Astronomers working with NASA’s Hubble space telescope have spotted two dwarf galaxies known as Pisces A and B leaving a stellar void to join a denser region of space full of intergalactic gas.
Examining how the dwarf galaxies interact with the gases in their new home could help astronomers to better understand how galaxies evolve and grow as they move through the Universe.
"These Hubble images may be snapshots of what present-day dwarf galaxies may have been like at earlier epochs," said lead researcher Erik Tollerud, from the Space Telescope Science Institute in Baltimore. "Studying these and other similar galaxies can provide further clues to dwarf galaxy formation and evolution."
The team says that the two dwarf galaxies have spent most of their lives in the Local Void - a region of space that's 150 million light-years wide, and only sparely populated with other galaxies. But the whole time they were inside this Local Void, the gravitational pull of denser areas of the Universe have been tugging them closer and closer.
Now, Pisces A and B are finally ready to leave the Local Void and enter an extremely dense area of space, where the researchers expect the duo will start to rapidly grow, producing millions of stars.
This is exciting news for astronomers, because even the biggest galaxies in our Universe started their lives as dwarf galaxies. Over time, these smaller galaxies collide, forming larger and larger galaxies in the process.
Since Pisces A and B have been stuck in a void for about 100 million years, they haven’t collided with anything yet, keeping them very much the same as they were when they originally formed. Basically, they’re galactic time capsules.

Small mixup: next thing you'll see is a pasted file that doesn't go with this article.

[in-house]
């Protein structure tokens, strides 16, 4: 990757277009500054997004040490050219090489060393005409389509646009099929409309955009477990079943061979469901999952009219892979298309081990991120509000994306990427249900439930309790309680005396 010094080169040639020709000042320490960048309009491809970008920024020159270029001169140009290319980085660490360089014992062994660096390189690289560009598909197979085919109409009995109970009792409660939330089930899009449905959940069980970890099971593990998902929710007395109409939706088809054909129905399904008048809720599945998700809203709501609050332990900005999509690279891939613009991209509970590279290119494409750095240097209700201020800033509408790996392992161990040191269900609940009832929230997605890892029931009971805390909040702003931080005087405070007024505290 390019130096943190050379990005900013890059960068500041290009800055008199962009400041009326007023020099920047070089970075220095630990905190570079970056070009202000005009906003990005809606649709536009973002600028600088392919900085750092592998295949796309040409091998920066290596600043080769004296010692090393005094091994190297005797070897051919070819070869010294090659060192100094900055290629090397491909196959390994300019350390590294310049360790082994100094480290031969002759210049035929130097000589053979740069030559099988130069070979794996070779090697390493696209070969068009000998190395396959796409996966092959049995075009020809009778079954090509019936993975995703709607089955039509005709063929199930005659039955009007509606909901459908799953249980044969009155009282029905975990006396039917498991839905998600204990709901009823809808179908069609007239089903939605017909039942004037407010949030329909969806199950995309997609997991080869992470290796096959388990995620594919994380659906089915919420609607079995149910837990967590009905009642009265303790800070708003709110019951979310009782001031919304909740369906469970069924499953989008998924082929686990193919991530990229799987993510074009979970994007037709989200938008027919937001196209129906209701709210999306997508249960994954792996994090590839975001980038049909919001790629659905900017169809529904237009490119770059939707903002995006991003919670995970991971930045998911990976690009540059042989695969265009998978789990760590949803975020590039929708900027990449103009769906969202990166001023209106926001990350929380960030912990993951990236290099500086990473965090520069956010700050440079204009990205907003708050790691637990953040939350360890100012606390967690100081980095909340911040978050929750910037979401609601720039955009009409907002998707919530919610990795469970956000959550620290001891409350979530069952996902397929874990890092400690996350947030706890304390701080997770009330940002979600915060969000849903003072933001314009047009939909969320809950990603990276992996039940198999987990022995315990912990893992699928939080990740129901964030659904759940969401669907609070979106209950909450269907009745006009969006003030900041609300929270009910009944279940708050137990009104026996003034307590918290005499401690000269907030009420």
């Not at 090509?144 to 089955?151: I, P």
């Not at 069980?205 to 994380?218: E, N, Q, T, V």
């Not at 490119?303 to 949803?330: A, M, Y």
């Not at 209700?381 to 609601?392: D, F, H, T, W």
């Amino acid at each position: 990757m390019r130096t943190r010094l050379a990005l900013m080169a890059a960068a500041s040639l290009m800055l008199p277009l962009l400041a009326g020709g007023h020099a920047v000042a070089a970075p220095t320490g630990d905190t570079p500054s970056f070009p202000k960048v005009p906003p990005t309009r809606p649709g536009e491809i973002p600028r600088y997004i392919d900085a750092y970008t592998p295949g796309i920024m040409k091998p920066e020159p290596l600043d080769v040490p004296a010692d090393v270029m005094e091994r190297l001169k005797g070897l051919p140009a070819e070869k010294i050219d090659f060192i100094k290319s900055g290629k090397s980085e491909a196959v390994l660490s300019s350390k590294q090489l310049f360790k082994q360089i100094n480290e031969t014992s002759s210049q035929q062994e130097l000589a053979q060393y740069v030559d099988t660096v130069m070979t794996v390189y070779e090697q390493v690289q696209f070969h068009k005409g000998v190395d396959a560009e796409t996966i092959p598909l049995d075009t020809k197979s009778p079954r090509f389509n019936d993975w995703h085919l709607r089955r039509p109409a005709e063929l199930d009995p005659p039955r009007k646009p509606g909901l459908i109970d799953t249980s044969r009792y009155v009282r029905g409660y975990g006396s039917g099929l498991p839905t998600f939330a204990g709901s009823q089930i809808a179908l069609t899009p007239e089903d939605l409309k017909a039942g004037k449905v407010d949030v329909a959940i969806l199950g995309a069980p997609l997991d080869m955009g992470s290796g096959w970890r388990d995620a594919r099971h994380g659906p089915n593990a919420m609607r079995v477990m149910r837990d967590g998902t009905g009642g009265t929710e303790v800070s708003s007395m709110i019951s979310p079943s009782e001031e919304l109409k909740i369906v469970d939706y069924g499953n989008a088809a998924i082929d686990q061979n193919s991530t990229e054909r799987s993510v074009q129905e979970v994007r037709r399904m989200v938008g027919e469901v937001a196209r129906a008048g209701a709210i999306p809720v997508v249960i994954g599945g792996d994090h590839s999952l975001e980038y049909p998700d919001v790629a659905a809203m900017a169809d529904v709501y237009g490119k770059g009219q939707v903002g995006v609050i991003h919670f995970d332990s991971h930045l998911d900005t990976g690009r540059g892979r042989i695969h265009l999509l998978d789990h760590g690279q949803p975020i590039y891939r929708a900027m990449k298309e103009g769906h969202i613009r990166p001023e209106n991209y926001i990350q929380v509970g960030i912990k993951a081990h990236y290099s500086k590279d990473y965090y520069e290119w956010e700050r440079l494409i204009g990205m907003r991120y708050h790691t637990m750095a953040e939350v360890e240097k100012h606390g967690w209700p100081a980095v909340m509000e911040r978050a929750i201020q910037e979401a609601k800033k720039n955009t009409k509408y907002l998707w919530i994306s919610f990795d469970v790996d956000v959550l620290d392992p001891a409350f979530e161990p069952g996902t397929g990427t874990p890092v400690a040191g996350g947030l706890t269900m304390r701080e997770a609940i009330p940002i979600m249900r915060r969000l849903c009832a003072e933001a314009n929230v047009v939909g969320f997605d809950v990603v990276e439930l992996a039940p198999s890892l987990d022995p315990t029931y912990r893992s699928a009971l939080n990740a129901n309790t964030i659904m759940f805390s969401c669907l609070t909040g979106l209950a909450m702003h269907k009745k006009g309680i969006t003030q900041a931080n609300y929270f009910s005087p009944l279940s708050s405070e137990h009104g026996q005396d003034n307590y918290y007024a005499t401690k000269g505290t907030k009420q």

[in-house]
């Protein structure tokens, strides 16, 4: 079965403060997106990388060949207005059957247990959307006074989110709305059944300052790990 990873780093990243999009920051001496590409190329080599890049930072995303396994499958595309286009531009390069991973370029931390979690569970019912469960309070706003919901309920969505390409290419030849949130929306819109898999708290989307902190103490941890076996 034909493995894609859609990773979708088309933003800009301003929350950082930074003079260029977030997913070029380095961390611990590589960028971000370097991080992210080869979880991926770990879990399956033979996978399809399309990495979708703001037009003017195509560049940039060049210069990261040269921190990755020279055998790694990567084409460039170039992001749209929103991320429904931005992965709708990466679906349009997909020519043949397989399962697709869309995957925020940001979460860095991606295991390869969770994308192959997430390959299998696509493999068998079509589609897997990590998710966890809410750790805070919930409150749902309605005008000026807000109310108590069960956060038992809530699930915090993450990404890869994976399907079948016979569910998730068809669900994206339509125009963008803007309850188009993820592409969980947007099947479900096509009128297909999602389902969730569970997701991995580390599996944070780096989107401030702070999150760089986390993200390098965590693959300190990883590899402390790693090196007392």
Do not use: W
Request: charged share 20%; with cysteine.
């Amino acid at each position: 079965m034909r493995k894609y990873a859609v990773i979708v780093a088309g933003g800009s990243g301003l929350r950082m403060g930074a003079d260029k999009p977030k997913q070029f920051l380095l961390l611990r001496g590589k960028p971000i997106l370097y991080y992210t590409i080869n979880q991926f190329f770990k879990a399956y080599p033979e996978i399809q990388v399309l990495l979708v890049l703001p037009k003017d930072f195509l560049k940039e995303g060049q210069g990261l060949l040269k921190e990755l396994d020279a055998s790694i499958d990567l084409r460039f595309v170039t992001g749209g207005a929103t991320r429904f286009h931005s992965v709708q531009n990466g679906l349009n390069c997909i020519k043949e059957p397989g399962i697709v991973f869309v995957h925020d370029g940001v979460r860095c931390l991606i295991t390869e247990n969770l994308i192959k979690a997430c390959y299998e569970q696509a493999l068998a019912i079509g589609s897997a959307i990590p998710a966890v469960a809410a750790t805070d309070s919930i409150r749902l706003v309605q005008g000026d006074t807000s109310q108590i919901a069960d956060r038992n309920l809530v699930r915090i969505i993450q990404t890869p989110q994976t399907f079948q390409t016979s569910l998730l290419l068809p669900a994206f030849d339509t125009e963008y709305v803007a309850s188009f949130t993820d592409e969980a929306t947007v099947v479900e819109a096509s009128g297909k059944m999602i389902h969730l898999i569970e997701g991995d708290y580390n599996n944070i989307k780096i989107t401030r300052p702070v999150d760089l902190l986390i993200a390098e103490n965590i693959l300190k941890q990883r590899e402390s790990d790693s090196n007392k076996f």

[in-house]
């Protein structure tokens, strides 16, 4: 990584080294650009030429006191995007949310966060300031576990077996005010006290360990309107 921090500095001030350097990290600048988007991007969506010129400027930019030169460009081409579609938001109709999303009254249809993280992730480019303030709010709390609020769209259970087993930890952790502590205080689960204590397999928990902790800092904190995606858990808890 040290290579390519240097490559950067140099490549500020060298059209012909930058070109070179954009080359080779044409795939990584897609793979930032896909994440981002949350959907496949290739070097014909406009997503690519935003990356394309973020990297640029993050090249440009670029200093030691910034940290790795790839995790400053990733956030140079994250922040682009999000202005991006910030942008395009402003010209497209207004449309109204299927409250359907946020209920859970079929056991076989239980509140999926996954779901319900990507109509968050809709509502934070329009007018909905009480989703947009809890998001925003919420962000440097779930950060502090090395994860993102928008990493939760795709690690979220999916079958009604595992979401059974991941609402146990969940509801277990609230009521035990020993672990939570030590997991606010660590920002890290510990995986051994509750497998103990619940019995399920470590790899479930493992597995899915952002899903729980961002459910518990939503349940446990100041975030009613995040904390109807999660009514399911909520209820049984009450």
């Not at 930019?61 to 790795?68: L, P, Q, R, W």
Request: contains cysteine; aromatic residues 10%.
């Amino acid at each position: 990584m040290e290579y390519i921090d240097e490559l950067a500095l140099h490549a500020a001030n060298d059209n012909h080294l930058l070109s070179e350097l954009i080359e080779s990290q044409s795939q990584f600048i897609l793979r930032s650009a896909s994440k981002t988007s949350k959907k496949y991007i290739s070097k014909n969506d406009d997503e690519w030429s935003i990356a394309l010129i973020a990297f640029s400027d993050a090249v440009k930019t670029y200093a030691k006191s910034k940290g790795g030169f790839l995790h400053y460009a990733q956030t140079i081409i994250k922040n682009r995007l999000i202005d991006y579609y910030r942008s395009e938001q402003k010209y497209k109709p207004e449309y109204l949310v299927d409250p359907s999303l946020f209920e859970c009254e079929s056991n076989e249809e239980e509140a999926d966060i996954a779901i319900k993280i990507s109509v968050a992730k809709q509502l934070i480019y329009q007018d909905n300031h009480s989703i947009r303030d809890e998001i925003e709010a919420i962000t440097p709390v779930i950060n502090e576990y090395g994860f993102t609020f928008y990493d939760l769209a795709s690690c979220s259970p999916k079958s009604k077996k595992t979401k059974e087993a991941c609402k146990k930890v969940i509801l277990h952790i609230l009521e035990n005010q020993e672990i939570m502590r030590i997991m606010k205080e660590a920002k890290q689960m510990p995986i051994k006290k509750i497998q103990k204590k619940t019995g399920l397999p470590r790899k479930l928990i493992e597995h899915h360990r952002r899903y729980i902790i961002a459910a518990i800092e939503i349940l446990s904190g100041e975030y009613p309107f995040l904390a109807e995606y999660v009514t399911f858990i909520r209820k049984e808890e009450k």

"These galaxies may have spent most of their history in the void," said Tollerud. "If this is true, the void environment would have slowed their evolution. Evidence for the galaxies' void address is that their hydrogen content is somewhat high relative to similar galaxies."
"In the past, galaxies contained higher concentrations of hydrogen, the fuel needed to make stars. But these galaxies seem to retain that more primitive composition, rather than the enriched composition of contemporary galaxies, due to a less vigorous history of star formation," he continued.
"The galaxies also are quite compact relative to the typical star-forming galaxies in our galactic neighbourhood."
The team was able to spot the two galaxies – which are extremely dim – by first using radio telescopes to pinpoint hydrogen clouds.
After combing through the results to differentiate what clouds were inside our galaxy and which ones might be faraway galaxies themselves, the team had 30 to 50 likely candidates.
From there, they studied these candidates even further with visual light telescopes, selecting the best two candidates for further study with Hubble’s Advanced Camera for Surveys, which yielded their current results.
The team doesn’t know when the galaxies will start growing and forming new stars, but will continue to examine the galaxies on their path to adulthood.
The team’s report was published in The Astrophysical Journal.